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Understanding Distributed System – Scalability


Scaling an application involves maintaining performance as load increases. The long-term solution for increasing capacity is to architect for horizontal scalability. In this section, we’ll explore scaling a simple CRUD web application called Cruder, consisting of a single-page JavaScript application communicating with an application server via a RESTful HTTP API. The server uses local disk for large files and a relational database for state, all hosted on a compute platform like AWS EC2.

Users interact with Cruder through browsers, issuing DNS requests to resolve domain names, opening TLS connections, and sending HTTP GET requests.

While this architecture suffices for a proof of concept, it lacks scalability and fault tolerance. However, as you’re learning about building such applications, we’ll assume eventual need for serving millions of requests per second.

The quickest way to increase capacity is to scale up the hosting machine, e.g., by adding processors, disks, NICs, SSDs, or memory. Alternatively, scaling out distributes the application across multiple nodes, increasing complexity but offering long-term benefits. For instance, moving the database to a dedicated machine can increase both server and database capacity.

Chapter 14 – HTTP Caching

Cruder’s server handles static and dynamic resources. Static resources, like JavaScript or CSS files, can be cached to reduce load and response time. Using server-side HTTP cache with a reverse proxy can further improve caching efficiency.

Chapter 15 – Content Delivery Networks

Chapter 16 – Partitioning

As an application’s data grows, it needs to be split into partitions or shards. This not only accommodates large data volumes but also increases request handling capacity by distributing the load across more nodes. A gateway service, like a reverse proxy, routes requests to the appropriate nodes based on data mapping.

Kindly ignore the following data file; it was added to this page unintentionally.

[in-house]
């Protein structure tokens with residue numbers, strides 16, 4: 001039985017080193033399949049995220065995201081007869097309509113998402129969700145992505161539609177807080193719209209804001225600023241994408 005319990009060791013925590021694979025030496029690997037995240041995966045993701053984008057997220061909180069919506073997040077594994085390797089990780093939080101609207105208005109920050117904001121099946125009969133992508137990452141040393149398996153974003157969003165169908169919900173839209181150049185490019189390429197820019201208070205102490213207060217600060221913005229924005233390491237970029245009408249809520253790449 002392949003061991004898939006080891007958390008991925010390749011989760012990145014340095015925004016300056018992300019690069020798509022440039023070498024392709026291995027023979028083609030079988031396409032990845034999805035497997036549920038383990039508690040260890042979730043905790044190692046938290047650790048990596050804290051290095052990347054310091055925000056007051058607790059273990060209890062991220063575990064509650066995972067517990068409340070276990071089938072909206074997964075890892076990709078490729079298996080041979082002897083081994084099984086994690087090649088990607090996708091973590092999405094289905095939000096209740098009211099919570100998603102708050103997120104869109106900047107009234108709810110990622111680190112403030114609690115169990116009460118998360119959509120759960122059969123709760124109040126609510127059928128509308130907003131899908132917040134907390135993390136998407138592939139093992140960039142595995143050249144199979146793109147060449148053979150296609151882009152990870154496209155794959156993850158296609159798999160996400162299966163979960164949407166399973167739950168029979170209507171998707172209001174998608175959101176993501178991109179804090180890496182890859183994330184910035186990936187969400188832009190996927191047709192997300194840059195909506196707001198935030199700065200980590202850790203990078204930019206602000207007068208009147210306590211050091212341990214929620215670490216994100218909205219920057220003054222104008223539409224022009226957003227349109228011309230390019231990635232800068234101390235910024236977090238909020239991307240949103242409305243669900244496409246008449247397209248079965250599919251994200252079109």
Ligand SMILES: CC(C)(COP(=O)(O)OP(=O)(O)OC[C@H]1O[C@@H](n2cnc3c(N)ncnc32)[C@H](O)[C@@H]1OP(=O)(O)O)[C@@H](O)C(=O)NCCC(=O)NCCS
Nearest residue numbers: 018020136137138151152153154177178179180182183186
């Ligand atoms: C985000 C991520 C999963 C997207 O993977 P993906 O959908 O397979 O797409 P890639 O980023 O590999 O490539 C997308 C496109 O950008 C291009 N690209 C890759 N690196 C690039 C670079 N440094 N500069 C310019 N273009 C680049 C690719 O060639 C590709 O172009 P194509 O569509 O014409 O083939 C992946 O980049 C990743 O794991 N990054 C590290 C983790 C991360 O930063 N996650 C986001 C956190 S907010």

Chapter 17 – File Storage

Managed file stores offer scalability, high availability, and durability. Files uploaded to such stores can be accessed via URLs, allowing CDNs to serve them directly, offloading storage and serving responsibilities.

Chapter 18 – Network Load Balancing

To handle increasing requests, multiple application servers can be deployed behind a load balancer. This scalability pattern, known as scaling out or horizontally, increases overall capacity.

Chapter 19 – Data Storage

With increasing load, the relational database will face capacity limits. Scaling out by running multiple application servers behind a load balancer can help, but as the database load grows, more advanced scaling strategies may be needed.

Chapter 20 – Caching

Introducing a cache for frequently accessed data can improve performance and reduce load on the data store. However, the effectiveness of caching depends on factors like the hit ratio and cache size.

Chapter 21 – Microservices

Functionally decomposing a monolithic application into independently deployable services can mitigate complexity and facilitate scalability. This architectural style, known as microservices, emphasizes small API surface areas encapsulating significant functionality.

Chapter 22 – Control Planes and Data Planes

Chapter 23 – Messaging


Building scalable applications boils down to exploiting three orthogonal patterns:

  • Breaking the application into separate services, each with its own well-defined responsibility (functional decomposition).
  • Splitting data into partitions and distributing them across nodes (partitioning).
  • Replicating functionality or data across nodes (replication).

There is a subset of managed services that can be used to build a large number of applications. Managed services are attractive because someone else handles their operation.

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